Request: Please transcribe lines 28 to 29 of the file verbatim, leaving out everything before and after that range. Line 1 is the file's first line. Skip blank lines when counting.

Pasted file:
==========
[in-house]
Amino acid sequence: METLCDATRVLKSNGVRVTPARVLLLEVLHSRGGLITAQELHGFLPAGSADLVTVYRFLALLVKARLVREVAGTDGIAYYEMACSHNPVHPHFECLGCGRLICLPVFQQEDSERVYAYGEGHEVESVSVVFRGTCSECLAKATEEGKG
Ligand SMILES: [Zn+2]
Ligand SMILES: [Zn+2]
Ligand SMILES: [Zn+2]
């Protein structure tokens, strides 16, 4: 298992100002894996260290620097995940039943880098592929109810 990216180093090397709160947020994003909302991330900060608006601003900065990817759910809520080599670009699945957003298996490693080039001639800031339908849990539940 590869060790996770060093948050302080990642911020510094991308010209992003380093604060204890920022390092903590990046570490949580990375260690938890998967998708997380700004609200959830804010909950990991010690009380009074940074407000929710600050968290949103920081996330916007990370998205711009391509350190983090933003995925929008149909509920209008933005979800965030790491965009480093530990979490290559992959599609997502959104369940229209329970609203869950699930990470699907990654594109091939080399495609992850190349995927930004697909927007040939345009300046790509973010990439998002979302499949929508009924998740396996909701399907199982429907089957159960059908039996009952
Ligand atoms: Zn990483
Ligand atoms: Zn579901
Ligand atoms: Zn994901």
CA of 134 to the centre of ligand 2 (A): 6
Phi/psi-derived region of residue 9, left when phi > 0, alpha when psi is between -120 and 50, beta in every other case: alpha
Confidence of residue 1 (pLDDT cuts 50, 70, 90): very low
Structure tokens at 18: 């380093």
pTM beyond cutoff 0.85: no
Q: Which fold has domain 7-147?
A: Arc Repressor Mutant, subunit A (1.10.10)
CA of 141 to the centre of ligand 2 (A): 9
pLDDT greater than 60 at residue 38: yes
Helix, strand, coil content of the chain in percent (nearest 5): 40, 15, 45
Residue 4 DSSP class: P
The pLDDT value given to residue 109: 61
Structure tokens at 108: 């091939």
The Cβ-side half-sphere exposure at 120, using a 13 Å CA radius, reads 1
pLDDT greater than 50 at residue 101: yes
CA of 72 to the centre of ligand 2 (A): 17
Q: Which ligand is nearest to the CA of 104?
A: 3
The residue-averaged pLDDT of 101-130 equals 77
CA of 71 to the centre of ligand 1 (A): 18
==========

The residue-averaged pLDDT of 101-130 equals 77
CA of 71 to the centre of ligand 1 (A): 18